... from none other than James R. Flynn -- the man who "did much to document" the Flynn effect and "promote awareness of its implications." There's really a lot of stuff in there, but here's something for you to taste:
... [T]he saddest result of the obsession with g [is this]: it makes the limitations of the concept no longer a matter of evidence. Any evidence that challenges the supremacy of g is not good evidence because it challenges the supremacy of g and that is that.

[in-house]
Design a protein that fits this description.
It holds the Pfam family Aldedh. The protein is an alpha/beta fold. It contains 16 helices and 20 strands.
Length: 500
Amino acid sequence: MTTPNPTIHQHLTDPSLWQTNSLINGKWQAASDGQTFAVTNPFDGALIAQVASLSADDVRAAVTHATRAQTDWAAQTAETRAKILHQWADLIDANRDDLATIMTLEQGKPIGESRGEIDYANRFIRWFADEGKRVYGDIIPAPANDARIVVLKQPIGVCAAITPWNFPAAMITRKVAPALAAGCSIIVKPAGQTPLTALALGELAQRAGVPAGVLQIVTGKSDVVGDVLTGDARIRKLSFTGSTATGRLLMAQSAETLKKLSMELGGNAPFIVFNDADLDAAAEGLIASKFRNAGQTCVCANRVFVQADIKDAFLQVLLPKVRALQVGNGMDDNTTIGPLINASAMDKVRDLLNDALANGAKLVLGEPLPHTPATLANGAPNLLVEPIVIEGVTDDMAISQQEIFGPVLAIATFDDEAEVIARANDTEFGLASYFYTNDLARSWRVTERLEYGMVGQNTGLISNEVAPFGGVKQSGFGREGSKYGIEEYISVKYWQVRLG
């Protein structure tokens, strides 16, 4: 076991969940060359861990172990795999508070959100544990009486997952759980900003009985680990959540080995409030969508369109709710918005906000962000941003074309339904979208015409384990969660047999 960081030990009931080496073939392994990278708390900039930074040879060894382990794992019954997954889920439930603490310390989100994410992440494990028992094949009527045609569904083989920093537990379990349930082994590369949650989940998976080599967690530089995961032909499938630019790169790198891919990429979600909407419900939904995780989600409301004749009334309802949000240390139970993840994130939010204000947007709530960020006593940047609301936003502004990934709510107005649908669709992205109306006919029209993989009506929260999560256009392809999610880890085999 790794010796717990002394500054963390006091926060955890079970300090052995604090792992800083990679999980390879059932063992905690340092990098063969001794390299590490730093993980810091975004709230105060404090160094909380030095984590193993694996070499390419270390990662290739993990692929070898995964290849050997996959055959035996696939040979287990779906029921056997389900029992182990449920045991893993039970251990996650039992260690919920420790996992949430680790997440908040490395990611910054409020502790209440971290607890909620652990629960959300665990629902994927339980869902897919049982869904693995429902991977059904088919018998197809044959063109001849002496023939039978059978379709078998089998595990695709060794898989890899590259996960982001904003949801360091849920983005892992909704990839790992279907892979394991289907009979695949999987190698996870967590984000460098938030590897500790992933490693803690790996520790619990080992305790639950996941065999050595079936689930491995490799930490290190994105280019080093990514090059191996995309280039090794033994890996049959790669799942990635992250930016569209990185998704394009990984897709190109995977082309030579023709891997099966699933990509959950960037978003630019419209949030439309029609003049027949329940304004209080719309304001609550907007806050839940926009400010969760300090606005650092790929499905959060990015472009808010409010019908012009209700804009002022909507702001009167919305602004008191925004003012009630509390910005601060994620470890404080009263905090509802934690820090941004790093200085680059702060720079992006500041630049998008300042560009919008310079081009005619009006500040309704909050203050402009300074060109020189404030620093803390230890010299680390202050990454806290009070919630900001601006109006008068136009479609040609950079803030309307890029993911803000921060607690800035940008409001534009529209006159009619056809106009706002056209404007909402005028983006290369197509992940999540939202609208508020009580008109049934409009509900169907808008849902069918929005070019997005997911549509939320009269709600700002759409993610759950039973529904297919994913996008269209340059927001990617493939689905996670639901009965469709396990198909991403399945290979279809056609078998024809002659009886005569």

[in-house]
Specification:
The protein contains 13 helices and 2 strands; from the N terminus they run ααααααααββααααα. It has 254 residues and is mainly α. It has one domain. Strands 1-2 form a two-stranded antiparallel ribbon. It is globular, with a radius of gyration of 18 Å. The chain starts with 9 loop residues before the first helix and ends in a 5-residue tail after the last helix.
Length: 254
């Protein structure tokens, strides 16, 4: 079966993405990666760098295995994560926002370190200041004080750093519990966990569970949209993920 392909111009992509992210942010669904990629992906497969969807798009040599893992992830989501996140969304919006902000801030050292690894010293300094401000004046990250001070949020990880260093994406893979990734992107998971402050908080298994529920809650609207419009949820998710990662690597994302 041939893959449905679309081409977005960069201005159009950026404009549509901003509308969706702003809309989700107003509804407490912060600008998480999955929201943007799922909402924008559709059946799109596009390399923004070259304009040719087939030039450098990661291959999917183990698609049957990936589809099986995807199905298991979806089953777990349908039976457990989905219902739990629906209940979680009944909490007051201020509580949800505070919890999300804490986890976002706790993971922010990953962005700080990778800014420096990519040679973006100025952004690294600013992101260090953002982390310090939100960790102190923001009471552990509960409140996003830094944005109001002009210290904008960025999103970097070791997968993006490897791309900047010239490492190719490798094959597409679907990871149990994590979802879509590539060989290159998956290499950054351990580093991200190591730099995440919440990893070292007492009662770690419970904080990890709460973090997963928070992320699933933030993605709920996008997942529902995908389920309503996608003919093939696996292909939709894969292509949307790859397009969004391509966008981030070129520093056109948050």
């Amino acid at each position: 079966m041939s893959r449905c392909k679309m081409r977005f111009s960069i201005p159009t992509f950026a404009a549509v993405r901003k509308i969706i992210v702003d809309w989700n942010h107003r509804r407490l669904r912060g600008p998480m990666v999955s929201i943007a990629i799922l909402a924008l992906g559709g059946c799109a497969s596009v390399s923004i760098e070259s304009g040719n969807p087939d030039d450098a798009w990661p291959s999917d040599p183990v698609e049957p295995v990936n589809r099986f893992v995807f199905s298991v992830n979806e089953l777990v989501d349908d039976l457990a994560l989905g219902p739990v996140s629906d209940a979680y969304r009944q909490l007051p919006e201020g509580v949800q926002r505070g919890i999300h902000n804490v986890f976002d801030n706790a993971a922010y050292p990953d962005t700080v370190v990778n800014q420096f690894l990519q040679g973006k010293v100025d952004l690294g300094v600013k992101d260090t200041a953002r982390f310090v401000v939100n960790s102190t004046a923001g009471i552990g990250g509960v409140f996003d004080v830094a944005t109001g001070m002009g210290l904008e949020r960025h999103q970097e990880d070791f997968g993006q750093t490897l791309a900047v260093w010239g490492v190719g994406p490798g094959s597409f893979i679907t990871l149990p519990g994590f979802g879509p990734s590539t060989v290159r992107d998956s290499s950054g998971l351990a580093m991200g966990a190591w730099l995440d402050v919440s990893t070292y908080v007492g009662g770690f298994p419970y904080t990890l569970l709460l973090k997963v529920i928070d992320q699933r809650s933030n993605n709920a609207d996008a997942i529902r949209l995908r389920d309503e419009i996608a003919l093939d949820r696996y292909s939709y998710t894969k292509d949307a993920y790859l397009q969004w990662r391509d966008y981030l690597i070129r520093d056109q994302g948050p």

Note that we would not reason in this way in other areas. There is a musical g in the sense that whoever is better than me on the piano will probably outdo me on the organ. But skills could improve on one and not the other, and that would be of great significance to the world of music. There is a moral g in the sense that good people tend to be both more tolerant and more generous than the average. But over time, white Americans may have tended to become more tolerant of other races and no more generous in giving to charities. No black American would say that unless all of the components of moral g moved together, the trends were not significant.